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Ministers urged to guarantee £237m EU Greater Birmingham growth fund

Ministers urged to guarantee £237m EU Greater Birmingham growth fund

🕔01.Aug 2016

Greater Birmingham is stepping up its campaign demanding that the Government safeguard £237 million promised to the region in European Union grants by 2020.

The UK’s decision to leave the EU puts the funding stream at risk, and Ministers have so far stopped short of promising that any shortfall will be made up once negotiations for Brexit are triggered.

There is also uncertainty over the future of a £250 million EU fund for the Midlands Engine initiative, as well as £22 million for green infrastructure projects.

Birmingham city council leader John Clancy today called on the Government to make up any shortfall in the money which has been earmarked by the Greater Birmingham and Solihull Local Enterprise Partnership (GBSLEP) for a number of schemes including a £50 million youth employment project and a £33 million business growth programme.

Writing in The Guardian newspaper, Cllr Clancy, who is also the economy portfolio holder on the West Midlands Combined Authority, says that Birmingham in particular has been a great beneficiary of EU funding and the city would suffer if future grants were cut off.

Cllr Clancy said:

Since the mid-1980s more than £1 billion of EU funding has been a catalyst for this change in Birmingham. The renaissance of the city has seen EU investments in the National Exhibition Centre, the International Convention Centre, Millennium Point and the town hall, to name just a few notable beneficiaries. But it has also helped reshape the city centre infrastructure by providing funding to remove the old inner-city ring road.

Local businesses have benefitted, too. In the 2007-13 programme, 24,000 West Midlands-based businesses received support through the European Regional Development Fund, which also supported more than 7,000 people to start up a new business.

In the same period more than £300 million was invested in jobs and skills, which moved around 60,000 people into work, 48,000 into further education and training, and supported 50,000 in gaining new qualifications.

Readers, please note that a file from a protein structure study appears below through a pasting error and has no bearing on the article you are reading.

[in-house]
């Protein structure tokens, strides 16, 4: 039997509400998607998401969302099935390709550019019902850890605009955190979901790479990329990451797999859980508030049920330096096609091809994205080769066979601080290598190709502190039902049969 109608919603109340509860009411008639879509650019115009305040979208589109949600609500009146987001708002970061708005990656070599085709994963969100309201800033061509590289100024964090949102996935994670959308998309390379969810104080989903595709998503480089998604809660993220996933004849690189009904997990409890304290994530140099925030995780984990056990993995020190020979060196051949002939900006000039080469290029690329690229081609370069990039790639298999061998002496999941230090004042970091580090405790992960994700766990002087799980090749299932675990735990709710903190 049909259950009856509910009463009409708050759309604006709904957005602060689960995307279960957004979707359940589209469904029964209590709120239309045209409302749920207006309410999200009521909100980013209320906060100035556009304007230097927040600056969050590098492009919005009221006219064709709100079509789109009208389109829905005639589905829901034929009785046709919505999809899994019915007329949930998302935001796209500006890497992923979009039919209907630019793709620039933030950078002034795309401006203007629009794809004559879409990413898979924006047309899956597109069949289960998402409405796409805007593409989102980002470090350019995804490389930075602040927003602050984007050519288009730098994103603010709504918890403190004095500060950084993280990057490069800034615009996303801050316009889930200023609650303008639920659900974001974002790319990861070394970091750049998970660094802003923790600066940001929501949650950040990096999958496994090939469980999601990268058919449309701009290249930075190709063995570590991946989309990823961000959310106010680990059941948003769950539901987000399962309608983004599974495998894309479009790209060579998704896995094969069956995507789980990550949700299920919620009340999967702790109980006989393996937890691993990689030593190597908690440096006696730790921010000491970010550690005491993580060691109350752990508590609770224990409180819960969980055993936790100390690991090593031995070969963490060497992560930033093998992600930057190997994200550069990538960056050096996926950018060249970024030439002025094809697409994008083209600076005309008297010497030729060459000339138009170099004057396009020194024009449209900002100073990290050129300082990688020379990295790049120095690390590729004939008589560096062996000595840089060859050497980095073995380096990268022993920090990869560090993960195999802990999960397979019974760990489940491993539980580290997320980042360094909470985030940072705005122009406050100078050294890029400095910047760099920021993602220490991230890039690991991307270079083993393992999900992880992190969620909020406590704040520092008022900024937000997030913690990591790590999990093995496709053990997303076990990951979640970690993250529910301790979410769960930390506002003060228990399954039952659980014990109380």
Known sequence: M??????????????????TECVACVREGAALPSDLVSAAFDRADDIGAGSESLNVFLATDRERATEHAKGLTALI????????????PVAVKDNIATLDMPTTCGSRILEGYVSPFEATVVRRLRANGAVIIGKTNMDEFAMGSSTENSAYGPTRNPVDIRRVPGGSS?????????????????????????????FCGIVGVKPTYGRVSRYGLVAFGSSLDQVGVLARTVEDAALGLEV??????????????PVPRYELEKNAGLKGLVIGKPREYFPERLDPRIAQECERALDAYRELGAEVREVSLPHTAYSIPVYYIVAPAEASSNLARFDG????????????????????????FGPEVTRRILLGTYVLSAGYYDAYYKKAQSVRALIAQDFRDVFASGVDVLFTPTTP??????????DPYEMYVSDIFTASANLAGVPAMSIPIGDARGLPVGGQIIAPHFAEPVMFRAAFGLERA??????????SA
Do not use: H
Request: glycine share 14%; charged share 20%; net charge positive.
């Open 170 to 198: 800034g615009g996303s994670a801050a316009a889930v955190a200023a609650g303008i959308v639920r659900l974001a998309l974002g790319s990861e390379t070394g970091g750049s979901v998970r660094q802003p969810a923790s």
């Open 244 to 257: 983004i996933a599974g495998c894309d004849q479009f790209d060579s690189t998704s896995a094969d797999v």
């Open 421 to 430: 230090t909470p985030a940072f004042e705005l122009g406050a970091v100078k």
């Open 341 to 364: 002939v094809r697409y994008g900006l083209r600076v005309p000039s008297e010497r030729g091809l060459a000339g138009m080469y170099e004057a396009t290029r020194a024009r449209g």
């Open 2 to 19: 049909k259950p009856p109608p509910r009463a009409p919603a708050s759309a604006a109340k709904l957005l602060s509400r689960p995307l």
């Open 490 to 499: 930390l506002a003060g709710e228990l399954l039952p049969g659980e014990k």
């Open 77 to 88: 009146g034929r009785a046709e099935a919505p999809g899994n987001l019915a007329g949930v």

The promised £237 million in EU grants forms a central plank in GBSLEP’s economic plan.

A quarter of the fund has been committed to 10 key investments, including a £50m youth employment initiative supporting 16,000 young people into work and a £33m business growth programme providing financial support for more than 500 small and medium businesses, creating 1,300 jobs.

Cllr Clancy warns:

The referendum result has now placed these and the remaining 75 per cent of uncommitted potential investments at risk.

Five weeks have passed since the vote to leave areas right across the country are still waiting for the Government to reveal its plans for these programmes. In the meantime key investments have stalled.

We are still waiting to hear about the fate of funds earmarked for a £250 million Midlands Engine loan fund and £22 million for green infrastructure developments, with a further £14 million of new skills investments are in the pipeline.

If cities such as Birmingham are to continue to lead and grow the regional economy then the uncertainty over EU funding needs to be removed. We urgently need a guarantee that these resources can continue to stimulate and help transform our city regions.

EU funds also helped to respond to crisis such as the closure of the MG Rover plant in 2005, where almost 6,000 people were made redundant and thousands more in the supply chain suffered. With more than £65m of EU funding support, a Rover taskforce was created and by April 2007 90 per cent of the redundant workers were back in work.

Greater Birmingham’s plea came as it emerged universities in the West Midlands are facing their own EU funding problems. Academics at the elite Russell Group of universities, which includes Birmingham and Warwick, said they have been asked to leave EU-funded projects or withdraw from leadership roles after the Brexit vote.

In a confidential survey by the Guardian, a backlash was found to be taking place from across the natural sciences, engineering and social sciences.

An EU project officer has reportedly recommended that all UK partners be dropped from research group because their share of the funding was not guaranteed.

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